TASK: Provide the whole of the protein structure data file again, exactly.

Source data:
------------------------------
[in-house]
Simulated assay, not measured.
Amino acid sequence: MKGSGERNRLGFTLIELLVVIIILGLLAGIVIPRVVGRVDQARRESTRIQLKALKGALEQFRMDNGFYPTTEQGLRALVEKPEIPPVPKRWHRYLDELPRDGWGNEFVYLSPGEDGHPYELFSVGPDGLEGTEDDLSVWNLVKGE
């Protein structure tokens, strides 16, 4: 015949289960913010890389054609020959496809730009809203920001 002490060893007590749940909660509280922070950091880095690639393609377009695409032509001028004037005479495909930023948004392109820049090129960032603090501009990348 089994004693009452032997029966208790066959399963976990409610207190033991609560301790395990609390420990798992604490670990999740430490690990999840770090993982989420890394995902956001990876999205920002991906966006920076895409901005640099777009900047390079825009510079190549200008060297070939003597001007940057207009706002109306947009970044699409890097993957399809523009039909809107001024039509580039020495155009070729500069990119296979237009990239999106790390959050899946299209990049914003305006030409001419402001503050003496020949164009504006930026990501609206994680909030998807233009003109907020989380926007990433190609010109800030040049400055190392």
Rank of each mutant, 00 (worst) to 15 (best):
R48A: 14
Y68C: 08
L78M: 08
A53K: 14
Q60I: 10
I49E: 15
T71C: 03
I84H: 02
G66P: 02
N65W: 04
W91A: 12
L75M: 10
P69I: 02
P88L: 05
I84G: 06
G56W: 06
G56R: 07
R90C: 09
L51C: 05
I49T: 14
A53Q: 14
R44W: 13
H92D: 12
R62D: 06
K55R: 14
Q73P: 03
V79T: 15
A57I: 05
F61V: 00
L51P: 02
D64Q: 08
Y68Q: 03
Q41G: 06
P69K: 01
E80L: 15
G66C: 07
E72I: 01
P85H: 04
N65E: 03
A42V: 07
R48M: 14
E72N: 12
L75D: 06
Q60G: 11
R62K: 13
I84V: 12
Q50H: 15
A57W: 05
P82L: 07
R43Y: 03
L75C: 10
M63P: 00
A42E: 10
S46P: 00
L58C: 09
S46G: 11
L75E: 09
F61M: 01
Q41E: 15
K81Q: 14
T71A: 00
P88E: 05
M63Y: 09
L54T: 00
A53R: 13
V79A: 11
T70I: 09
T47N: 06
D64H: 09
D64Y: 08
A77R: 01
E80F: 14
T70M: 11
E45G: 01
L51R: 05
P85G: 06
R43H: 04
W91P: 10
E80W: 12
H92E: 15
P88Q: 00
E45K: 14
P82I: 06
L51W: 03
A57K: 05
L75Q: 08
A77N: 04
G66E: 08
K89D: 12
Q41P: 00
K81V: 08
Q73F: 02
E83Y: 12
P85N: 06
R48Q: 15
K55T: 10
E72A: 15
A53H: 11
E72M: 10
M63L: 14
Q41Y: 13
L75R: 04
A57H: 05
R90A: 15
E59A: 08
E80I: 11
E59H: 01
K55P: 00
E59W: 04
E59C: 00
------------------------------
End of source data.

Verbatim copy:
[in-house]
Simulated assay, not measured.
Amino acid sequence: MKGSGERNRLGFTLIELLVVIIILGLLAGIVIPRVVGRVDQARRESTRIQLKALKGALEQFRMDNGFYPTTEQGLRALVEKPEIPPVPKRWHRYLDELPRDGWGNEFVYLSPGEDGHPYELFSVGPDGLEGTEDDLSVWNLVKGE
């Protein structure tokens, strides 16, 4: 015949289960913010890389054609020959496809730009809203920001 002490060893007590749940909660509280922070950091880095690639393609377009695409032509001028004037005479495909930023948004392109820049090129960032603090501009990348 089994004693009452032997029966208790066959399963976990409610207190033991609560301790395990609390420990798992604490670990999740430490690990999840770090993982989420890394995902956001990876999205920002991906966006920076895409901005640099777009900047390079825009510079190549200008060297070939003597001007940057207009706002109306947009970044699409890097993957399809523009039909809107001024039509580039020495155009070729500069990119296979237009990239999106790390959050899946299209990049914003305006030409001419402001503050003496020949164009504006930026990501609206994680909030998807233009003109907020989380926007990433190609010109800030040049400055190392």
Rank of each mutant, 00 (worst) to 15 (best):
R48A: 14
Y68C: 08
L78M: 08
A53K: 14
Q60I: 10
I49E: 15
T71C: 03
I84H: 02
G66P: 02
N65W: 04
W91A: 12
L75M: 10
P69I: 02
P88L: 05
I84G: 06
G56W: 06
G56R: 07
R90C: 09
L51C: 05
I49T: 14
A53Q: 14
R44W: 13
H92D: 12
R62D: 06
K55R: 14
Q73P: 03
V79T: 15
A57I: 05
F61V: 00
L51P: 02
D64Q: 08
Y68Q: 03
Q41G: 06
P69K: 01
E80L: 15
G66C: 07
E72I: 01
P85H: 04
N65E: 03
A42V: 07
R48M: 14
E72N: 12
L75D: 06
Q60G: 11
R62K: 13
I84V: 12
Q50H: 15
A57W: 05
P82L: 07
R43Y: 03
L75C: 10
M63P: 00
A42E: 10
S46P: 00
L58C: 09
S46G: 11
L75E: 09
F61M: 01
Q41E: 15
K81Q: 14
T71A: 00
P88E: 05
M63Y: 09
L54T: 00
A53R: 13
V79A: 11
T70I: 09
T47N: 06
D64H: 09
D64Y: 08
A77R: 01
E80F: 14
T70M: 11
E45G: 01
L51R: 05
P85G: 06
R43H: 04
W91P: 10
E80W: 12
H92E: 15
P88Q: 00
E45K: 14
P82I: 06
L51W: 03
A57K: 05
L75Q: 08
A77N: 04
G66E: 08
K89D: 12
Q41P: 00
K81V: 08
Q73F: 02
E83Y: 12
P85N: 06
R48Q: 15
K55T: 10
E72A: 15
A53H: 11
E72M: 10
M63L: 14
Q41Y: 13
L75R: 04
A57H: 05
R90A: 15
E59A: 08
E80I: 11
E59H: 01
K55P: 00
E59W: 04
E59C: 00